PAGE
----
You don’t have to travel to the outback to encounter Aboriginal culture.
These Sydney Aboriginal Tours will take you on a cultural journey, uncovering the history of Australia from a perspective that’s not often in the guidebooks.
The tours cover everything from culture to food art and crafts. They will leave you in awe of our strong First Nations people.
Connect with an ancient people
Australia’s Aboriginal people are custodians of the oldest living culture on Earth, as Dreamtime SouthernX’s Aunty Margret Campbell will tell you on her fascinating The Rocks Aboriginal Dreaming Tour (Illi Langi).
On this 90-minute walking tour through the historic harbourside The Rocks precinct and surrounds, Margret and her team offer insights into the local Gadigal Aboriginal people’s deep spiritual connection with the waters and land of Sydney Harbour.
Learn about Sydney’s original inhabitants
Established in 1916, Sydney’s harbourside Royal Botanic Garden is a slice of lush vegetation in the centre of the city. For the Gadigal people, the history of the garden’s land extends back over millennia.
On the Garden’s 90-minute Aboriginal Culture Tour, an Aboriginal guide will introduce you to dozens of native plants used for food and medicine and making tools.
You’ll even get to taste some traditional bush foods along the way. These Sydney Aboriginal tours run most Wednesdays, Fridays and Saturdays from 10am.
Shop an authentic Aboriginal market
Sydney’s renowned Blak Market is a vibrant marketplace filled with stalls selling Aboriginal art and craft, clothes, jewellery, bush foods and beauty products.
Held eight times throughout the year, the Blak Market also has live Indigenous performers, cultural presentations and art workshops.
This is a pop-up market. Visit the Blak Markets website to find the exact location for your specific dates.
Immerse yourself in Aboriginal art
The Museum of Contemporary Art in The Rocks has a significant collection of Indigenous art sourced from across Australia. The collection includes paintings, sculpture and photography.
The Australian Museum, opposite Hyde Park, houses written texts, images and artefacts that champion the diversity of Aboriginal Australia and trace the devastating impact of European society on Indigenous cultures.
Discover the power of Aboriginal dance
Sydney-based Bangarra is an award-winning contemporary Aboriginal dance company. Bangarra is a Wiradjuri word meaning “to make fire”. And this Sydney Aboriginal tour will certainly ignite the imagination.
Bangarra’s visually striking performances feature a cast of Aboriginal and Torres Strait Islander writers, directors and performers to tell moving, authentic stories. The powerful performances dig deep into Aboriginal culture and explore pressing social themes.
Check the What’s On section of Bangarra’s website for details of upcoming productions.
Meet an influential Aboriginal couple
The recently developed Barangaroo precinct was named after an 18th-century Cammeraygal Aboriginal woman.
The first written account of Barangaroo (1790) describes her as a woman in her early 40s, worldly and wise. Her first husband died from smallpox. Colonists kidnapped her second husband, Bennelong in 1789 and kept him shackled for months.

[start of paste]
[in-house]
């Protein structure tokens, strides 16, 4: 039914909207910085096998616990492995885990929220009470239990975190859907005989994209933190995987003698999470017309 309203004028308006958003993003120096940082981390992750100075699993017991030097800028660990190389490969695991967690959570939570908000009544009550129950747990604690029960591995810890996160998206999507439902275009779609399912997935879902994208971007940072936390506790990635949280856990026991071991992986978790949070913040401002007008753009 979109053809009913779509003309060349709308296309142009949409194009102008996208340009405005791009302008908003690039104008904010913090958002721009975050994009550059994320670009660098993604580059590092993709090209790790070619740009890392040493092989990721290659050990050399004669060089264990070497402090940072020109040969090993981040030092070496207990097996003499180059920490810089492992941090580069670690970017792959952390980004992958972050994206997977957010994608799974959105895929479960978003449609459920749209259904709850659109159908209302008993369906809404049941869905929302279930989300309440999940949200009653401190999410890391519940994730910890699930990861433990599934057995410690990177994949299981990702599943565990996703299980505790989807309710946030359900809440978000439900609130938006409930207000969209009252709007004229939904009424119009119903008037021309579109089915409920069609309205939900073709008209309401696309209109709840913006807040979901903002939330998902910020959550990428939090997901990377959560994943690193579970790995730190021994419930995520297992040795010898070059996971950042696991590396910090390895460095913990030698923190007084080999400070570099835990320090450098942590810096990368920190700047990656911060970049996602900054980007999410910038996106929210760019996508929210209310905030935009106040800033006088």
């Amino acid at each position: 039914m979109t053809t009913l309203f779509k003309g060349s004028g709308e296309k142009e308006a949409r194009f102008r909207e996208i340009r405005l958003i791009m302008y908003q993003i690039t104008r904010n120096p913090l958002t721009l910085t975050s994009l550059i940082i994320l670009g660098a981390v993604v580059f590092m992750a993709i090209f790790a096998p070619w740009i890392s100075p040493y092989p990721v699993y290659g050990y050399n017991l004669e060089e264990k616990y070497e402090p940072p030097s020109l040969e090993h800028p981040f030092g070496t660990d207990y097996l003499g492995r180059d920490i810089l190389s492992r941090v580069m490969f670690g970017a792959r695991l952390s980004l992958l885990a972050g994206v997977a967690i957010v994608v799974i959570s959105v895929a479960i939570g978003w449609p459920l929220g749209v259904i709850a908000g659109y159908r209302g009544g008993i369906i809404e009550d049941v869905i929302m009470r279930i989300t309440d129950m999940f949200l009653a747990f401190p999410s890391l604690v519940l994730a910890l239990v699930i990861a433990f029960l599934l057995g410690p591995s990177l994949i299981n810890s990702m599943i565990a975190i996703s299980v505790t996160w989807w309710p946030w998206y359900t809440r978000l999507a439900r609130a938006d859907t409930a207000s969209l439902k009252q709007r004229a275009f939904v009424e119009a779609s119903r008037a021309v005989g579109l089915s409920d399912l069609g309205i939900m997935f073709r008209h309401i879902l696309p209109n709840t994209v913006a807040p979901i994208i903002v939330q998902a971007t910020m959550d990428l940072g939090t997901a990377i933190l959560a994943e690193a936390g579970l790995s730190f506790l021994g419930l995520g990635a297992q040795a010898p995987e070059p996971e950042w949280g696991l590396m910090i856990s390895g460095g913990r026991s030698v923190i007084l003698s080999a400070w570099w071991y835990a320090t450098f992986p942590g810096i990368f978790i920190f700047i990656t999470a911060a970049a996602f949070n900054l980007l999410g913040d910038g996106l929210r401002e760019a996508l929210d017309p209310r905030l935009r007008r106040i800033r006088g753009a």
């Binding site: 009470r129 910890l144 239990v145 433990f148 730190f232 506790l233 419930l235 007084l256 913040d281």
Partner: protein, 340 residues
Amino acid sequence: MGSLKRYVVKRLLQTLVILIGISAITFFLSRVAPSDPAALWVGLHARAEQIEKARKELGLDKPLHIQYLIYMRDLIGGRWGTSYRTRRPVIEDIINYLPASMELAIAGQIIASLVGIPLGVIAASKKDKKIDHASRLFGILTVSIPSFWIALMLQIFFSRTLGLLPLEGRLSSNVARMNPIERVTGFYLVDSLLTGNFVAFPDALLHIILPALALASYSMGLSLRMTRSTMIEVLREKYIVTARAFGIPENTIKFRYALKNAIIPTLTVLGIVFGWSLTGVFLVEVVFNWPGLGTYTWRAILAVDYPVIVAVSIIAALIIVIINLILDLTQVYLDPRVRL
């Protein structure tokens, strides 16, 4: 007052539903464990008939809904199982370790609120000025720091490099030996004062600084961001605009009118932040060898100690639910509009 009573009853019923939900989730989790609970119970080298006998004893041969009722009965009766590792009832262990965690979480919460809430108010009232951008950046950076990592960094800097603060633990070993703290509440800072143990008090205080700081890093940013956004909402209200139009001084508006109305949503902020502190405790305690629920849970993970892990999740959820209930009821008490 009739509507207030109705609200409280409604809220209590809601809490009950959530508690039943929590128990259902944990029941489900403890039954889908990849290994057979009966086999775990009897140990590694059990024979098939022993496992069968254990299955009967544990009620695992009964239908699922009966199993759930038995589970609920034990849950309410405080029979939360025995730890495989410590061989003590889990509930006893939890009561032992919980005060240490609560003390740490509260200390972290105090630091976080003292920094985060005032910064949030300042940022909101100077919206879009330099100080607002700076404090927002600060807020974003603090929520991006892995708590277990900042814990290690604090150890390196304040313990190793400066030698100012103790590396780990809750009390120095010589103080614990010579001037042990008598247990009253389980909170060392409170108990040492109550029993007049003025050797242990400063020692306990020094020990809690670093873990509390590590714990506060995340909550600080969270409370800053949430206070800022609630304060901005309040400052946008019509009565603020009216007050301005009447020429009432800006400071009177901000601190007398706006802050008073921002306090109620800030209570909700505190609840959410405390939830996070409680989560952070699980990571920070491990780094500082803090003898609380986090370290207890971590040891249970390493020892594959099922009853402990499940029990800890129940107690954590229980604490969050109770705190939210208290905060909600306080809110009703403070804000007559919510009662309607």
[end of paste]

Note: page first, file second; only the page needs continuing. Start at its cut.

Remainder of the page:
In history books, Bennelong is known for “befriending” the colonists and dressing in European clothes. That record and his motivation are up for interpretation. Bennelong Point, the site of the Sydney Opera House was named after him.
Barangaroo was a skilled fisherwoman who provided for her clan with fish caught in Sydney harbour. Early reports suggest she was outraged when she witnessed the settlers pulling 4000 salmon from the waterway in one day. The Cammeraygal never took more than they needed.
In 1791, Barangaroo died shortly after giving birth. After a traditional cremation ceremony with her fishing gear, Bennelong spread his wife’s ashes in Governor Phillip’s garden, the present-day Circular Quay.
The Barangaroo Aboriginal Cultural Tour explores the six-hectare Barangaroo Reserve and its 75,000 Australian native trees and shrubs. With the help of an Aboriginal educator, you’ll learn of the long history of the area and its importance to the local Gadigal people. The tour will also give you more of an insight into Barangaroo and Bennalong and how their lives changed with the arrival of Europeans.
Learn how to throw a boomerang
At the Muru Mittigar Cultural Education Centre in Rouse Hill, a 45-minute drive north of Sydney, you’ll learn all about the fascinating boomerang.
The Aboriginal weapon is curved on one side and flat on the other, giving it a unique aerodynamic drag that brings it back to the thrower. Indigenous Australians also used boomerangs as percussion instruments and painted them for use in ceremonies.
On this Sydney Aboriginal tour, you’ll learn about the cultural significance of the boomerang to the Darug Aboriginal people of the outer Sydney region. And you will get a chance to test your throwing skills.
This article was produced with content supplied by Destination NSW and is a Signature Luxury Travel & Style digital exclusive. Be the first to see more exclusive online content by subscribing to the enewsletter.